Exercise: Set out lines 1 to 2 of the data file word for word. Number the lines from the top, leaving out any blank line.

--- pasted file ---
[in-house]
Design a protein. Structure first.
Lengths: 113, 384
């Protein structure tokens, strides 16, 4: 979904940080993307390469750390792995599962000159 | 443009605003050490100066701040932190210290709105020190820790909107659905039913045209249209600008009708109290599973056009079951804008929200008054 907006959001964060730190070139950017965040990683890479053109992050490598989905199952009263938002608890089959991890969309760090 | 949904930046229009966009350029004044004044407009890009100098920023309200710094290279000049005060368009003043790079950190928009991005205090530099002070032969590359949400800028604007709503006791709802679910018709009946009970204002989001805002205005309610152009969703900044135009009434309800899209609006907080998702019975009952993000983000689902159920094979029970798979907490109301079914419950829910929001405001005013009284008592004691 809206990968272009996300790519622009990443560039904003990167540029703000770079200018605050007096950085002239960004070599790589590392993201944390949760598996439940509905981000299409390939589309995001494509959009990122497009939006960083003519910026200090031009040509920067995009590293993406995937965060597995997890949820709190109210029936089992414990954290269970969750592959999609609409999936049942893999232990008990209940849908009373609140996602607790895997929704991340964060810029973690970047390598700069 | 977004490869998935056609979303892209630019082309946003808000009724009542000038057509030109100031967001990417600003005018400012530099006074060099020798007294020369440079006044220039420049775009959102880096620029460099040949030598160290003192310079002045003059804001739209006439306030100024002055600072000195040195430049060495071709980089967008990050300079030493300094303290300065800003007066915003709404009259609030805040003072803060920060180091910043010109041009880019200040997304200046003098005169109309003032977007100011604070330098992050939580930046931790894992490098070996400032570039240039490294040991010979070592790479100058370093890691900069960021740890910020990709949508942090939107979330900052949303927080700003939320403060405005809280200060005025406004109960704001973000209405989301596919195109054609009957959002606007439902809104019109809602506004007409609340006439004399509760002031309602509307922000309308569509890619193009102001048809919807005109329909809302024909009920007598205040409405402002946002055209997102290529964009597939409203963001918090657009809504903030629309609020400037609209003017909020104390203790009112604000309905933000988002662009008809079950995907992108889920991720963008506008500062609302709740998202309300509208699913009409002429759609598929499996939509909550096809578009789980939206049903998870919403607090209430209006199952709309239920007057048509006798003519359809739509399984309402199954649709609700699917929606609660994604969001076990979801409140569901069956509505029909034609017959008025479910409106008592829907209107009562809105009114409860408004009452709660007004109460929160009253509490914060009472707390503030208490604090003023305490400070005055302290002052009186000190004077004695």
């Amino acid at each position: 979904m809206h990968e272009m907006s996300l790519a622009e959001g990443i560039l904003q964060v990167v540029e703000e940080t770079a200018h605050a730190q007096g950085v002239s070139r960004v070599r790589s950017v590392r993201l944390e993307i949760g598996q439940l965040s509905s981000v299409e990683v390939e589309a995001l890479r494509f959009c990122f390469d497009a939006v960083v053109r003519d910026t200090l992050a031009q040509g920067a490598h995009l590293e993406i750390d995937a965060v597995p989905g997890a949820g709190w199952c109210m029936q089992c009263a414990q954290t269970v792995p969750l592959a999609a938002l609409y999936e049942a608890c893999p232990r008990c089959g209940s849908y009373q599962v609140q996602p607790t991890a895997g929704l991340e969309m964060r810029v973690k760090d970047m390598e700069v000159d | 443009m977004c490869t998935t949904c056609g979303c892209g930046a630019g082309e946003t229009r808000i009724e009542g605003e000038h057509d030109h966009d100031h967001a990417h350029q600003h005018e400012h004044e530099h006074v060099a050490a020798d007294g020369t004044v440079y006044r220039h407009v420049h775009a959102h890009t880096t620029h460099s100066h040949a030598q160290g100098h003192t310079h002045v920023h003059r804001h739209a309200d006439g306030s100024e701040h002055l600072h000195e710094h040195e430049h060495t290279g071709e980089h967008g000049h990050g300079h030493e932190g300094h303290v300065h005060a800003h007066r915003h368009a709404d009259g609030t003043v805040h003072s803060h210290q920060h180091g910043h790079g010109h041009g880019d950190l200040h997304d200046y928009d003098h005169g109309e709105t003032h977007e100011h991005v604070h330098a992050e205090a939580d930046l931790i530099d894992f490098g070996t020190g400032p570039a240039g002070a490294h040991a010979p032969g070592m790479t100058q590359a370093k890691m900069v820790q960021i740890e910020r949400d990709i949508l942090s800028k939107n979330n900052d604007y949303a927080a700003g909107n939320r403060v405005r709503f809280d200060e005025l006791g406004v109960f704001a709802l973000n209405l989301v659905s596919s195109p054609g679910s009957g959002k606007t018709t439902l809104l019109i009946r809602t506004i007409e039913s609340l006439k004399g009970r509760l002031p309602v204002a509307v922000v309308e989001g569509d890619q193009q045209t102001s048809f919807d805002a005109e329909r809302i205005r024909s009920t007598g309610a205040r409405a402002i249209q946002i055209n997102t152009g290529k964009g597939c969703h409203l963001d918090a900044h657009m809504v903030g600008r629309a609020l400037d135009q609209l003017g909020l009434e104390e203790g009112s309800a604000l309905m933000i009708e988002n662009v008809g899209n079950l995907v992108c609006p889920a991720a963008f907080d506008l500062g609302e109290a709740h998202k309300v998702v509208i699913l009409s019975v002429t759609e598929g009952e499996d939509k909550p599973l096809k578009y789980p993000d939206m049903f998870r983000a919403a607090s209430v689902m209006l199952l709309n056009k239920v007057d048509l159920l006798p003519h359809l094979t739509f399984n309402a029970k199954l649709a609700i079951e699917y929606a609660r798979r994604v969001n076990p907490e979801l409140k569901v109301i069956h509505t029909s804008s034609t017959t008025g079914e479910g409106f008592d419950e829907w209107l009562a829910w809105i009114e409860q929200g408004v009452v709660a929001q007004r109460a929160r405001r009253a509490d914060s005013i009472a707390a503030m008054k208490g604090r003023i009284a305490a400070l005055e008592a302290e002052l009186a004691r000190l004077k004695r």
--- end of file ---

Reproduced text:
[in-house]
Design a protein. Structure first.